“You must listen, Irene. I love you—I love you.”

She turned her face towards him; her lips trembled; her eyes were full of tears; there was a great look of wonder and tenderness in her face.

“Is it all true?”


She was in his arms. He kissed her hair, her eyes—ah me! it is the old story. It had always been true. He loved her from the first, at Fortress Monroe, every minute since. And she—well, perhaps she could learn to love him in time, if he was very good; yes, maybe she had loved him a little at Fortress Monroe. How could he? what was there in her to attract him? What a wonder it was that she could tolerate him! What could she see in him?

So this impossible thing, this miracle, was explained? No, indeed! It had to be inquired into and explained over and over again, this absolutely new experience of two people loving each other.

She could speak now of herself, of her doubt that he could know his own heart and be stronger than the social traditions, and would not mind, as she thought he did at Newport—just a little bit—the opinions of other people. I do not by any means imply that she said all this bluntly, or that she took at all the tone of apology; but she contrived, as a woman can without saying much, to let him see why she had distrusted, not the sincerity, but the perseverance of his love. There would never be any more doubt now. What a wonder it all is.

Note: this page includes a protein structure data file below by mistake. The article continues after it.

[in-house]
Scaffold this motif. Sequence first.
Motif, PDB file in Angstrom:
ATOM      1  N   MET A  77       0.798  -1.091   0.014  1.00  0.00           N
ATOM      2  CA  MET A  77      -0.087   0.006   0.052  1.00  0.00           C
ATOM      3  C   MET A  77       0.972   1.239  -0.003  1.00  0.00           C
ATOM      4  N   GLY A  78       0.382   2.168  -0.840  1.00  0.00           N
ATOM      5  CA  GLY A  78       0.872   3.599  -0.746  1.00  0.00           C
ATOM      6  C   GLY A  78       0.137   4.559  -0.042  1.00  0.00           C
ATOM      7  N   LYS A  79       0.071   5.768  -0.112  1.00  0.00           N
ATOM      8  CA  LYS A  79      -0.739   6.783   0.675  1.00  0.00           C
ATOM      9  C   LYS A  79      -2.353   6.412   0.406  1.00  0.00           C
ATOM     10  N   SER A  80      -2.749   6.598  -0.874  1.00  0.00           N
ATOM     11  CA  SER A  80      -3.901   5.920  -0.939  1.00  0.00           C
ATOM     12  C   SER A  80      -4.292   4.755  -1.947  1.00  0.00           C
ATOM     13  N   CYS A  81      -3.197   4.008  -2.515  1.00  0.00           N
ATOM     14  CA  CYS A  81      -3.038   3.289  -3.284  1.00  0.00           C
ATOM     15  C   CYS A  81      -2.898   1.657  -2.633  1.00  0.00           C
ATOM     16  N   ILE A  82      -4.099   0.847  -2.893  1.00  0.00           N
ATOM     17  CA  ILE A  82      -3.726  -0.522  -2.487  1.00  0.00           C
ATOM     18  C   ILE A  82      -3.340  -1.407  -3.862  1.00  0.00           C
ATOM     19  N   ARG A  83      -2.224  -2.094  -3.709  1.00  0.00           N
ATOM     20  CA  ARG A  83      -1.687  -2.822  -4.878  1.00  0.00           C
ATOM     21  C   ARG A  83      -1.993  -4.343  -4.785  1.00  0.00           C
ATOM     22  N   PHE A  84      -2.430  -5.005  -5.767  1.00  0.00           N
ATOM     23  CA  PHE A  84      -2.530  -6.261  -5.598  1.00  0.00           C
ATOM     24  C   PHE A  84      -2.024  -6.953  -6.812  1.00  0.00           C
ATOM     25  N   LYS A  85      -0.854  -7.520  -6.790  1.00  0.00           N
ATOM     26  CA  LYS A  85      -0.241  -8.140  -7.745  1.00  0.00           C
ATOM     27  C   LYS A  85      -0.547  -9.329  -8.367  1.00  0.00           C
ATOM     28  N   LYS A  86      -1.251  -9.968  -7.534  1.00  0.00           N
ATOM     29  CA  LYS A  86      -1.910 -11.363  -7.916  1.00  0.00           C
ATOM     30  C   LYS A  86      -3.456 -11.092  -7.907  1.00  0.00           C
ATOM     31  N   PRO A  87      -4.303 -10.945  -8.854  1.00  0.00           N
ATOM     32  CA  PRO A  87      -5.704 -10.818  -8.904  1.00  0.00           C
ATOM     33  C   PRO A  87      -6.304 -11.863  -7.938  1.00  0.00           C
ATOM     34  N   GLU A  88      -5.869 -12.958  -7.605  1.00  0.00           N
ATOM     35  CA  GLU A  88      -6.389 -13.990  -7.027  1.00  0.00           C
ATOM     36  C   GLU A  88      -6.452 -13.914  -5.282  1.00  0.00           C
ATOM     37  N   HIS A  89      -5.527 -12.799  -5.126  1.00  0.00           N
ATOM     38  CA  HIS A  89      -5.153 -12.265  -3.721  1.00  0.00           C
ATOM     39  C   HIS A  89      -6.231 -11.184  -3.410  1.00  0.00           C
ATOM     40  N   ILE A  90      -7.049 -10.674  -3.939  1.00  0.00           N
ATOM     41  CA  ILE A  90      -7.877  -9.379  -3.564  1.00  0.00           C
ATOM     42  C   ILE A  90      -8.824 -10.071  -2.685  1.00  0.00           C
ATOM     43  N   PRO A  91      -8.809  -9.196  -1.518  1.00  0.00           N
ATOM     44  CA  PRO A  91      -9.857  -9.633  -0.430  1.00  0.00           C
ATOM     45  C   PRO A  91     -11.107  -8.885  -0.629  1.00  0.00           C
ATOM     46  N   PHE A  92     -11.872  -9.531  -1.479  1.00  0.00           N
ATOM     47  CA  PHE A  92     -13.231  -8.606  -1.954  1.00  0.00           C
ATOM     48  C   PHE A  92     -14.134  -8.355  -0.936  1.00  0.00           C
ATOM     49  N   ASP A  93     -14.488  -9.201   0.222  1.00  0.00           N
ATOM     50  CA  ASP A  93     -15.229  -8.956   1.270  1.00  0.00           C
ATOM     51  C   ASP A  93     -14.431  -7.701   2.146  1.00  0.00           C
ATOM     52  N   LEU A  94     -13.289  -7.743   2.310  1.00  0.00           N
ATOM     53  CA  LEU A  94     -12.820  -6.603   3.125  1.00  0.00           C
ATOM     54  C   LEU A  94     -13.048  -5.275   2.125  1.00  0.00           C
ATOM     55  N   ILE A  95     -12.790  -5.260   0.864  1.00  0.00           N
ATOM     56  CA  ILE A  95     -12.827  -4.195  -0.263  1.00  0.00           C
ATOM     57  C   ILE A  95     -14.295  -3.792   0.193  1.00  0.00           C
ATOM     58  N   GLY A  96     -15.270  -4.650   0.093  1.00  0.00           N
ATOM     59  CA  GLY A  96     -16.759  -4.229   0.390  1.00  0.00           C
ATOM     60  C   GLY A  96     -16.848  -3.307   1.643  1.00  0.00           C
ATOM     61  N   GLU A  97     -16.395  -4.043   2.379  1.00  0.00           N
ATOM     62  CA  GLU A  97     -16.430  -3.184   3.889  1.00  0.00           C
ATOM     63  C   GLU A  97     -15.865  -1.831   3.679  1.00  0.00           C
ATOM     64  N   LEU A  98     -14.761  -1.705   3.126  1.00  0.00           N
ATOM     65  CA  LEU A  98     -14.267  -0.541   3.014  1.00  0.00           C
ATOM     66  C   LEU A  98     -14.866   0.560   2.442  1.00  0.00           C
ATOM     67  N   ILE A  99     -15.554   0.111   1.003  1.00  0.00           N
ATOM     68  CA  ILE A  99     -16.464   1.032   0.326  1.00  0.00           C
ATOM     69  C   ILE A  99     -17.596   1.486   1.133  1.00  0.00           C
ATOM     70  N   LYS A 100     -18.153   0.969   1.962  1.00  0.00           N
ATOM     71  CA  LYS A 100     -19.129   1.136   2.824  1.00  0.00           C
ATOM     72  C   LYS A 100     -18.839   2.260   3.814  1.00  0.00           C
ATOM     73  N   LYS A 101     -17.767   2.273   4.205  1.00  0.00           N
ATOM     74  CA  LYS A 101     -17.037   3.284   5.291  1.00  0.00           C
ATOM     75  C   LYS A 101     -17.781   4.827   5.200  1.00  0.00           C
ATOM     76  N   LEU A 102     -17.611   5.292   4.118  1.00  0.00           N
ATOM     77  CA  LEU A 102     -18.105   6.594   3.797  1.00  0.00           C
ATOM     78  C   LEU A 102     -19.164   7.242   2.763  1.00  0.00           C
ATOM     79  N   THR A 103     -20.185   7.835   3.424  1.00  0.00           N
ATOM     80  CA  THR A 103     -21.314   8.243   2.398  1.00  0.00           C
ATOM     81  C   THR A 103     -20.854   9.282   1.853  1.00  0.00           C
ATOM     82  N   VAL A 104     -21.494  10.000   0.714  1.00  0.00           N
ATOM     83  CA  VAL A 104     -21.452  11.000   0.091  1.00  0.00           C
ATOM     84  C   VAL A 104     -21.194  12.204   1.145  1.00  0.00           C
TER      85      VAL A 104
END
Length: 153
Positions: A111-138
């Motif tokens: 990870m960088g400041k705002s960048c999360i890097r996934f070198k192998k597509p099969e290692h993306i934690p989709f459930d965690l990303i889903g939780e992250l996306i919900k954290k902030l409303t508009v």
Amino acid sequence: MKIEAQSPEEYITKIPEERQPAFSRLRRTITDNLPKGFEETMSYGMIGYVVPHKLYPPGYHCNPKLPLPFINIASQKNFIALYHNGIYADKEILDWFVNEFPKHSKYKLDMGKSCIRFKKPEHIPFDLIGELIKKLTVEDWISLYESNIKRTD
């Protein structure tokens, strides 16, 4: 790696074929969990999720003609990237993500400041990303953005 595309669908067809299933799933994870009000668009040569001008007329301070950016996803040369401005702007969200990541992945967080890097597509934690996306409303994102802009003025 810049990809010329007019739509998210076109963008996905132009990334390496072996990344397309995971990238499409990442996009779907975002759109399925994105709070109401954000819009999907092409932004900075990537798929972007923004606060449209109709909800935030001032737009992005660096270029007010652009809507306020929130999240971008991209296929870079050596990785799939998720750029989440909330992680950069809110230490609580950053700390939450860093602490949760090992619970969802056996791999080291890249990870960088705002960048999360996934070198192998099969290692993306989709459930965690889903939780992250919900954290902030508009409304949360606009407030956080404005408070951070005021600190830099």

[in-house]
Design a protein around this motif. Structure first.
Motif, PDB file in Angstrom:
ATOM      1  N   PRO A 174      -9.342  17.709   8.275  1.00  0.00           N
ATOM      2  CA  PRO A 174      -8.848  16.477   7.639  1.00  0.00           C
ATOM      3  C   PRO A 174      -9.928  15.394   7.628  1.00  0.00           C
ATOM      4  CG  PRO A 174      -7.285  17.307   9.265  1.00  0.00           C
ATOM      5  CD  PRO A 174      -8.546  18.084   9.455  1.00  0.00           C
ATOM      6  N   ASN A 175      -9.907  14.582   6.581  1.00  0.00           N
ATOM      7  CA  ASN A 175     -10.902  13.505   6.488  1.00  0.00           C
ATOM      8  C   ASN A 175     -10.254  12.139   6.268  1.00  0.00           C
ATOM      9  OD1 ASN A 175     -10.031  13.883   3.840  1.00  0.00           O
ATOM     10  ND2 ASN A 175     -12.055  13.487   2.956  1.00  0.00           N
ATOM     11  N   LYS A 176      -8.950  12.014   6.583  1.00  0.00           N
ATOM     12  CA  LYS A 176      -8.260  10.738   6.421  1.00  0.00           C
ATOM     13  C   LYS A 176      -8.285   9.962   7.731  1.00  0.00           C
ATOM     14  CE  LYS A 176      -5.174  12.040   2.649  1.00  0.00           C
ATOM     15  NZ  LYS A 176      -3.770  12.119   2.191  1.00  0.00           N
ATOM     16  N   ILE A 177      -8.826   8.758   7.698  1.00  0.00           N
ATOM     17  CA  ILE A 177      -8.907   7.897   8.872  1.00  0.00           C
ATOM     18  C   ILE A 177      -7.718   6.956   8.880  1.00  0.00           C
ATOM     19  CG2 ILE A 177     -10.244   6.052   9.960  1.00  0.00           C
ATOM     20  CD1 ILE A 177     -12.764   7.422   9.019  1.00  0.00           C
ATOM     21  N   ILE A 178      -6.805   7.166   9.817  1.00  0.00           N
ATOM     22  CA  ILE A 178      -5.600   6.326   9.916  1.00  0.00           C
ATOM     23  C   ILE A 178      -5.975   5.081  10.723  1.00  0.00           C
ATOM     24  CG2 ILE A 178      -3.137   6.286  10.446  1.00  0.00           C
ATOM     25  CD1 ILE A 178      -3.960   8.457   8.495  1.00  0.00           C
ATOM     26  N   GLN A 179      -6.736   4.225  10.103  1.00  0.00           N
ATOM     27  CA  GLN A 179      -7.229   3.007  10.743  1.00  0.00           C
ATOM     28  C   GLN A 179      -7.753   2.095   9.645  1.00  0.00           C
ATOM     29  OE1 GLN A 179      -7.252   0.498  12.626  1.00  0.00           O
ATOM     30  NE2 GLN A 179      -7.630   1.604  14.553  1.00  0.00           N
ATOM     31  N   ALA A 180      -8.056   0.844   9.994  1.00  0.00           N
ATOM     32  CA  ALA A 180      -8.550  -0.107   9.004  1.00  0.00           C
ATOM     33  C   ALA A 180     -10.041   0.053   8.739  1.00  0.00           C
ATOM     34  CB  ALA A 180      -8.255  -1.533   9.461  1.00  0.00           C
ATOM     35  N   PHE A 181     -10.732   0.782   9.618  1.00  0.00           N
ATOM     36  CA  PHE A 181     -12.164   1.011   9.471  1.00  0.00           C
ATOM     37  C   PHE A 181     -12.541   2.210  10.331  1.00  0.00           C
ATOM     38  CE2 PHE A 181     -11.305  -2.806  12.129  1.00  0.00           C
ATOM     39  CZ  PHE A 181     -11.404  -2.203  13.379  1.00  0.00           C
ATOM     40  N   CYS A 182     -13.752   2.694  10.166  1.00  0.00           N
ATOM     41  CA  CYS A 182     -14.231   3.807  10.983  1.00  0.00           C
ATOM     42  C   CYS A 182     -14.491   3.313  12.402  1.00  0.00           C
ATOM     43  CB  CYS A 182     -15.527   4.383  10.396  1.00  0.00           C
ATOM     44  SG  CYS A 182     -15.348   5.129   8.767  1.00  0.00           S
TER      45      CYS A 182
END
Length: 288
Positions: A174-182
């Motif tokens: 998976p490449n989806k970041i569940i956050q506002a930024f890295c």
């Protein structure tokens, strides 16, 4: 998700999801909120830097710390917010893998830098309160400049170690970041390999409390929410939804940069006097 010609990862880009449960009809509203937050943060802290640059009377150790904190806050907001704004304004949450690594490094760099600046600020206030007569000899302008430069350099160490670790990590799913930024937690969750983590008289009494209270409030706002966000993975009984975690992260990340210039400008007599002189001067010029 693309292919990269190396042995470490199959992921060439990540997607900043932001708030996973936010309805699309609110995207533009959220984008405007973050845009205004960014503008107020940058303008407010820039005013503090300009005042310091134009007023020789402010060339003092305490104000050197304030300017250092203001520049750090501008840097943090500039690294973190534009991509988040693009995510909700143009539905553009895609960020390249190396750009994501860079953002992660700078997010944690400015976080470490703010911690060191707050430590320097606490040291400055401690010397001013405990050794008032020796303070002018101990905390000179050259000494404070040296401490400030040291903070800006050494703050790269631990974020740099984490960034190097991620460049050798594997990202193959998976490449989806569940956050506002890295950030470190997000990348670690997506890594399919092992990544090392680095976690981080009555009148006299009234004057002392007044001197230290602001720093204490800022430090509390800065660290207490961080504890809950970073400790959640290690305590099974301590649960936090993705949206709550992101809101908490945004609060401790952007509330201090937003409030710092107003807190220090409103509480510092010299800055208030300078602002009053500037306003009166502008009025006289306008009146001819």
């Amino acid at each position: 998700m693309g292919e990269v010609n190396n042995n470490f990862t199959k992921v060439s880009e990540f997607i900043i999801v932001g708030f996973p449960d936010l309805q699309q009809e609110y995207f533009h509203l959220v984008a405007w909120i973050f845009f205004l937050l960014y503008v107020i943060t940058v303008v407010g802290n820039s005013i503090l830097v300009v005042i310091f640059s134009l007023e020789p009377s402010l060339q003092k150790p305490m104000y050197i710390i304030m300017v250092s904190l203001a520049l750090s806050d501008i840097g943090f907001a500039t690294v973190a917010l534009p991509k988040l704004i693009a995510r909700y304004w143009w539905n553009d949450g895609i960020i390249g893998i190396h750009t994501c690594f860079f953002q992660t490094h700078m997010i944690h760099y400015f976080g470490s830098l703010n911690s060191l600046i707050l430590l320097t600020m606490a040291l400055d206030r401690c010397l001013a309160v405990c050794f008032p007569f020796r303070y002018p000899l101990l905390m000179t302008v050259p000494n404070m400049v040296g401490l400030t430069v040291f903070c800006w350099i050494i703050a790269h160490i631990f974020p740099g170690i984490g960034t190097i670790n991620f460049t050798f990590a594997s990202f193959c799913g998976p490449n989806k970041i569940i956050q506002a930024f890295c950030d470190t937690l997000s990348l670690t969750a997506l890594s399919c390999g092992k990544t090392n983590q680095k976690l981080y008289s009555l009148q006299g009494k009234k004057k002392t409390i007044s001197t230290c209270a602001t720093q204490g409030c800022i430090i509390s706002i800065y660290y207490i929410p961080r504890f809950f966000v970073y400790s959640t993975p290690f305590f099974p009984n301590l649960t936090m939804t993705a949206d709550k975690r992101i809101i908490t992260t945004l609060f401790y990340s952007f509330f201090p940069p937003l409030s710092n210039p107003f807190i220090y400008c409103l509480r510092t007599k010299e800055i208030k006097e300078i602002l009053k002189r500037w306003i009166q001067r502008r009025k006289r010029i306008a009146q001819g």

The two parted—alas! alas! till supper-time!

I don't know why scoffers make so light of these partings—at the foot of the main stairs of the hotel gallery, just as Mrs. Farquhar was descending. Irene's face was radiant as she ran away from Mrs. Farquhar.

“Bless you, my children! I see my warning was in vain, Mr. King. It is a fatal walk. It always was in our family. Oh, youth! youth!” A shade of melancholy came over her charming face as she turned alone towards the spring.